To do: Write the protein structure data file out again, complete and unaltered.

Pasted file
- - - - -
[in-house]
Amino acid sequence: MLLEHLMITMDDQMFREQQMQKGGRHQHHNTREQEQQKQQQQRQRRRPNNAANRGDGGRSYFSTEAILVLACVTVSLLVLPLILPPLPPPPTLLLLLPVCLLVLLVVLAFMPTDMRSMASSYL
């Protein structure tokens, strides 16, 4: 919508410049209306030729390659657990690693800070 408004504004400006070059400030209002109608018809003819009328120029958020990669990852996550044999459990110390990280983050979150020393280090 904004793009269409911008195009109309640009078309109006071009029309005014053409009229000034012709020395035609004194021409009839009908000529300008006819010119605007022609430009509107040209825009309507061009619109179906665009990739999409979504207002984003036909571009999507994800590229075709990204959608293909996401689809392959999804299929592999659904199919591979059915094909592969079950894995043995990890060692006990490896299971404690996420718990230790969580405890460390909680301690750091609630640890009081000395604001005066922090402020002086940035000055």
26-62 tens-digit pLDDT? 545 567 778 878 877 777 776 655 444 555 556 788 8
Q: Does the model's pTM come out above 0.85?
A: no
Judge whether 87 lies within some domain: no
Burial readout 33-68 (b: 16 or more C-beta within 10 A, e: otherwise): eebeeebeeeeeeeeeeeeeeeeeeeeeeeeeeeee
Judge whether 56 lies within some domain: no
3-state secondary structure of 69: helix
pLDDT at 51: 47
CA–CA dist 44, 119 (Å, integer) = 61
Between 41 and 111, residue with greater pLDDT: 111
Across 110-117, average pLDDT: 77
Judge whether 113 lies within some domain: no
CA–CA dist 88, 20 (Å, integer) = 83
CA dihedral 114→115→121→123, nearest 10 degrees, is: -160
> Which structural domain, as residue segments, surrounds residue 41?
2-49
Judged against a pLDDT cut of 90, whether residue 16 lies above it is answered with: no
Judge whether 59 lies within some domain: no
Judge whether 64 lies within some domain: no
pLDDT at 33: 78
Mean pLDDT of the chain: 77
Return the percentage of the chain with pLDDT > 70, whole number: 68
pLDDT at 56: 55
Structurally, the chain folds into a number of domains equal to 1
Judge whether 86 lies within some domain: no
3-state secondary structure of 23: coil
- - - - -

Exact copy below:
[in-house]
Amino acid sequence: MLLEHLMITMDDQMFREQQMQKGGRHQHHNTREQEQQKQQQQRQRRRPNNAANRGDGGRSYFSTEAILVLACVTVSLLVLPLILPPLPPPPTLLLLLPVCLLVLLVVLAFMPTDMRSMASSYL
């Protein structure tokens, strides 16, 4: 919508410049209306030729390659657990690693800070 408004504004400006070059400030209002109608018809003819009328120029958020990669990852996550044999459990110390990280983050979150020393280090 904004793009269409911008195009109309640009078309109006071009029309005014053409009229000034012709020395035609004194021409009839009908000529300008006819010119605007022609430009509107040209825009309507061009619109179906665009990739999409979504207002984003036909571009999507994800590229075709990204959608293909996401689809392959999804299929592999659904199919591979059915094909592969079950894995043995990890060692006990490896299971404690996420718990230790969580405890460390909680301690750091609630640890009081000395604001005066922090402020002086940035000055």
26-62 tens-digit pLDDT? 545 567 778 878 877 777 776 655 444 555 556 788 8
Q: Does the model's pTM come out above 0.85?
A: no
Judge whether 87 lies within some domain: no
Burial readout 33-68 (b: 16 or more C-beta within 10 A, e: otherwise): eebeeebeeeeeeeeeeeeeeeeeeeeeeeeeeeee
Judge whether 56 lies within some domain: no
3-state secondary structure of 69: helix
pLDDT at 51: 47
CA–CA dist 44, 119 (Å, integer) = 61
Between 41 and 111, residue with greater pLDDT: 111
Across 110-117, average pLDDT: 77
Judge whether 113 lies within some domain: no
CA–CA dist 88, 20 (Å, integer) = 83
CA dihedral 114→115→121→123, nearest 10 degrees, is: -160
> Which structural domain, as residue segments, surrounds residue 41?
2-49
Judged against a pLDDT cut of 90, whether residue 16 lies above it is answered with: no
Judge whether 59 lies within some domain: no
Judge whether 64 lies within some domain: no
pLDDT at 33: 78
Mean pLDDT of the chain: 77
Return the percentage of the chain with pLDDT > 70, whole number: 68
pLDDT at 56: 55
Structurally, the chain folds into a number of domains equal to 1
Judge whether 86 lies within some domain: no
3-state secondary structure of 23: coil